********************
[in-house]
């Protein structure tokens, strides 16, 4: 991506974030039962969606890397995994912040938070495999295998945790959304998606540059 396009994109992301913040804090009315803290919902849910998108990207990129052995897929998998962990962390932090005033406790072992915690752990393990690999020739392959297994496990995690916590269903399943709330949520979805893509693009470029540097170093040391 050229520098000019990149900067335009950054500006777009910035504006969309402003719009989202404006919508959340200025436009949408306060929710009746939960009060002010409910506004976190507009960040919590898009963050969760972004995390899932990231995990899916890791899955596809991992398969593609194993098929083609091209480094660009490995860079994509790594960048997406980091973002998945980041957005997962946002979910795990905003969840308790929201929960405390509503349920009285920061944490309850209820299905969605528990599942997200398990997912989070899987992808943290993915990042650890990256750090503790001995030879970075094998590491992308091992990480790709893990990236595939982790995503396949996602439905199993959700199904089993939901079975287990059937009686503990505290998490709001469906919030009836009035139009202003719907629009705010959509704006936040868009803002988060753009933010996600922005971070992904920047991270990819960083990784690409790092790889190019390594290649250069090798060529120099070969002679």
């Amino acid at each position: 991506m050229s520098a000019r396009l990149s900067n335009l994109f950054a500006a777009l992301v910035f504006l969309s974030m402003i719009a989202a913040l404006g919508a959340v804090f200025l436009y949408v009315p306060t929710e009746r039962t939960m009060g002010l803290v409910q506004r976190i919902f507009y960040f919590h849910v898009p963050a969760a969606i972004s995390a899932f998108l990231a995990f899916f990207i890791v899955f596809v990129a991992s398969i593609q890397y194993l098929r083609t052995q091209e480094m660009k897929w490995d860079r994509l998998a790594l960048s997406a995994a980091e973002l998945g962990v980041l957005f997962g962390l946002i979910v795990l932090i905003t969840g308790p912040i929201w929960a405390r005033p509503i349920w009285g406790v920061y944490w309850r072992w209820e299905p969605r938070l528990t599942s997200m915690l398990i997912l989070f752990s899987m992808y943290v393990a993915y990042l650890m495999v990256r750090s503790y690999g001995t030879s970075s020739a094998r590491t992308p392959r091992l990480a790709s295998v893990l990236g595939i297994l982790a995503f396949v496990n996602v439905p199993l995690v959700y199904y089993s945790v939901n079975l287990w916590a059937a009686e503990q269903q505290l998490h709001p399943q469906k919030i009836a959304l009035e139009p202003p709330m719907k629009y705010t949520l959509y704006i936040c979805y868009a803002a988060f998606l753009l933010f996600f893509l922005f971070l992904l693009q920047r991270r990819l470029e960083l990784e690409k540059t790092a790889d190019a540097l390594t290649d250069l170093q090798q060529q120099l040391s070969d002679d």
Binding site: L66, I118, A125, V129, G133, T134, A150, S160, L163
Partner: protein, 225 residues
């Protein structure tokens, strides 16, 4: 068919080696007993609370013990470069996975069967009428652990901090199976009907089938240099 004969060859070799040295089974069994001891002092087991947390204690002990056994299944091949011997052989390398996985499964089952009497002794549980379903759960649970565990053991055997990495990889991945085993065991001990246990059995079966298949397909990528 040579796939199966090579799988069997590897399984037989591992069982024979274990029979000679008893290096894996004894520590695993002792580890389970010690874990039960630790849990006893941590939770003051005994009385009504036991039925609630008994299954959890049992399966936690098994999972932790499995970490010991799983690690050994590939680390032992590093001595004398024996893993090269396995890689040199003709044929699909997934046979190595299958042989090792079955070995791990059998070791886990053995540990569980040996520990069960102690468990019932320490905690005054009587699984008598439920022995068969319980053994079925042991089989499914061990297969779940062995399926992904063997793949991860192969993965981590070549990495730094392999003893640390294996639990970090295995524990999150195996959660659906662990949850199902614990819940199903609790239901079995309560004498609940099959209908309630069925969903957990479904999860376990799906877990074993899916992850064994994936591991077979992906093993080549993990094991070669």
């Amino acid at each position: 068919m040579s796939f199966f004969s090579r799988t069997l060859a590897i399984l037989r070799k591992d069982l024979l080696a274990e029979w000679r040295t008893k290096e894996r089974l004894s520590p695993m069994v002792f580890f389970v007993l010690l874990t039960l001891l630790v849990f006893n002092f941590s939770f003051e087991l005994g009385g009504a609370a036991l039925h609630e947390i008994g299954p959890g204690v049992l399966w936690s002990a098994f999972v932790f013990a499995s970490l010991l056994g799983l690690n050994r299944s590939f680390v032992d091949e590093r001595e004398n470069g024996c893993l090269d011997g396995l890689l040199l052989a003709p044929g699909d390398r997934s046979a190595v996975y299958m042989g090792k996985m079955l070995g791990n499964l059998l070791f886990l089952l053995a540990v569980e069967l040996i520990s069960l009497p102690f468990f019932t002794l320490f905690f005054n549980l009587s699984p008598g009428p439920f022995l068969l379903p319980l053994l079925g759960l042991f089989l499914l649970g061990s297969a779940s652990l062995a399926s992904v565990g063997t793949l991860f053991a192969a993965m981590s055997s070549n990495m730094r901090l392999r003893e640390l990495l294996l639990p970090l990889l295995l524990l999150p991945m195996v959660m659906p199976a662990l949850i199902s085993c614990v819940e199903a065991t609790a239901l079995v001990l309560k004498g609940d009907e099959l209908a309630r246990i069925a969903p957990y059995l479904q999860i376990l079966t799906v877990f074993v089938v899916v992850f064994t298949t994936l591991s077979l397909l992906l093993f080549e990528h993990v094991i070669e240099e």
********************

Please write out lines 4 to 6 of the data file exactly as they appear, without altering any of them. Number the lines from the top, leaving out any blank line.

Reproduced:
Binding site: L66, I118, A125, V129, G133, T134, A150, S160, L163
Partner: protein, 225 residues
């Protein structure tokens, strides 16, 4: 068919080696007993609370013990470069996975069967009428652990901090199976009907089938240099 004969060859070799040295089974069994001891002092087991947390204690002990056994299944091949011997052989390398996985499964089952009497002794549980379903759960649970565990053991055997990495990889991945085993065991001990246990059995079966298949397909990528 040579796939199966090579799988069997590897399984037989591992069982024979274990029979000679008893290096894996004894520590695993002792580890389970010690874990039960630790849990006893941590939770003051005994009385009504036991039925609630008994299954959890049992399966936690098994999972932790499995970490010991799983690690050994590939680390032992590093001595004398024996893993090269396995890689040199003709044929699909997934046979190595299958042989090792079955070995791990059998070791886990053995540990569980040996520990069960102690468990019932320490905690005054009587699984008598439920022995068969319980053994079925042991089989499914061990297969779940062995399926992904063997793949991860192969993965981590070549990495730094392999003893640390294996639990970090295995524990999150195996959660659906662990949850199902614990819940199903609790239901079995309560004498609940099959209908309630069925969903957990479904999860376990799906877990074993899916992850064994994936591991077979992906093993080549993990094991070669």